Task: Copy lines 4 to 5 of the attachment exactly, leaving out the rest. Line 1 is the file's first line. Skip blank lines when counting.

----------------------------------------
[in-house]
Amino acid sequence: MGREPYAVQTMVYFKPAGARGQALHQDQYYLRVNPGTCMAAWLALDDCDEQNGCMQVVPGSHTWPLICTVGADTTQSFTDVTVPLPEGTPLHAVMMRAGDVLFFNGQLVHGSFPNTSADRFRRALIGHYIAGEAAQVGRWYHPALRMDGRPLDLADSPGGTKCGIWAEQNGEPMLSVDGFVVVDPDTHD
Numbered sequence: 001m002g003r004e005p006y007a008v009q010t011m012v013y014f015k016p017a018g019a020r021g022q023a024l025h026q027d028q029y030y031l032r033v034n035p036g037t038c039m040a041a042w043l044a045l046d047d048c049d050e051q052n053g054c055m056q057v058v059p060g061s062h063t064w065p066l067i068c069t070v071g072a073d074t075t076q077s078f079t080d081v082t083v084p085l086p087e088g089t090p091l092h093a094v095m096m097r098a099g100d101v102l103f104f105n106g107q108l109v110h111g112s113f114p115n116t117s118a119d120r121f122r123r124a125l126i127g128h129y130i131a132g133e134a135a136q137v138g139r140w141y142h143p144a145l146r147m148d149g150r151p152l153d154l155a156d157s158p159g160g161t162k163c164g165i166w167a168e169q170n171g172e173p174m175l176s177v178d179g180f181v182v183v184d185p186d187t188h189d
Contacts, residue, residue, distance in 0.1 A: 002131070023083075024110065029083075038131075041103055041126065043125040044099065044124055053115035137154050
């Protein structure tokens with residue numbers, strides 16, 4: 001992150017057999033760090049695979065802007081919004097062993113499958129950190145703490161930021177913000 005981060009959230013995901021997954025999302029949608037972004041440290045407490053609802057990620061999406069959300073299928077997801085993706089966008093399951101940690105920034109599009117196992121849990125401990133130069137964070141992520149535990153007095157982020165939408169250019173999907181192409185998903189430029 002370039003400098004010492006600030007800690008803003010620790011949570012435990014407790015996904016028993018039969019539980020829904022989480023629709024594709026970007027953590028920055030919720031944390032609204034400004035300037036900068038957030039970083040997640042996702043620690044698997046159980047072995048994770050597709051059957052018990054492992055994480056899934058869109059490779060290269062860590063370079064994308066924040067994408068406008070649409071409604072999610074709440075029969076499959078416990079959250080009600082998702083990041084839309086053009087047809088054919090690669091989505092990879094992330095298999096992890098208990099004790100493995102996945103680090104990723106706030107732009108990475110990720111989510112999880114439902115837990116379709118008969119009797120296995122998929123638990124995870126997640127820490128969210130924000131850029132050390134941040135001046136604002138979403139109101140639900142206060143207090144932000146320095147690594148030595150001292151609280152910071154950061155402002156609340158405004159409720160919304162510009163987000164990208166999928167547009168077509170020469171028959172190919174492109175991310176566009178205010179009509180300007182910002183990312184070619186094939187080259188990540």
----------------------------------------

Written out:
Contacts, residue, residue, distance in 0.1 A: 002131070023083075024110065029083075038131075041103055041126065043125040044099065044124055053115035137154050
């Protein structure tokens with residue numbers, strides 16, 4: 001992150017057999033760090049695979065802007081919004097062993113499958129950190145703490161930021177913000 005981060009959230013995901021997954025999302029949608037972004041440290045407490053609802057990620061999406069959300073299928077997801085993706089966008093399951101940690105920034109599009117196992121849990125401990133130069137964070141992520149535990153007095157982020165939408169250019173999907181192409185998903189430029 002370039003400098004010492006600030007800690008803003010620790011949570012435990014407790015996904016028993018039969019539980020829904022989480023629709024594709026970007027953590028920055030919720031944390032609204034400004035300037036900068038957030039970083040997640042996702043620690044698997046159980047072995048994770050597709051059957052018990054492992055994480056899934058869109059490779060290269062860590063370079064994308066924040067994408068406008070649409071409604072999610074709440075029969076499959078416990079959250080009600082998702083990041084839309086053009087047809088054919090690669091989505092990879094992330095298999096992890098208990099004790100493995102996945103680090104990723106706030107732009108990475110990720111989510112999880114439902115837990116379709118008969119009797120296995122998929123638990124995870126997640127820490128969210130924000131850029132050390134941040135001046136604002138979403139109101140639900142206060143207090144932000146320095147690594148030595150001292151609280152910071154950061155402002156609340158405004159409720160919304162510009163987000164990208166999928167547009168077509170020469171028959172190919174492109175991310176566009178205010179009509180300007182910002183990312184070619186094939187080259188990540």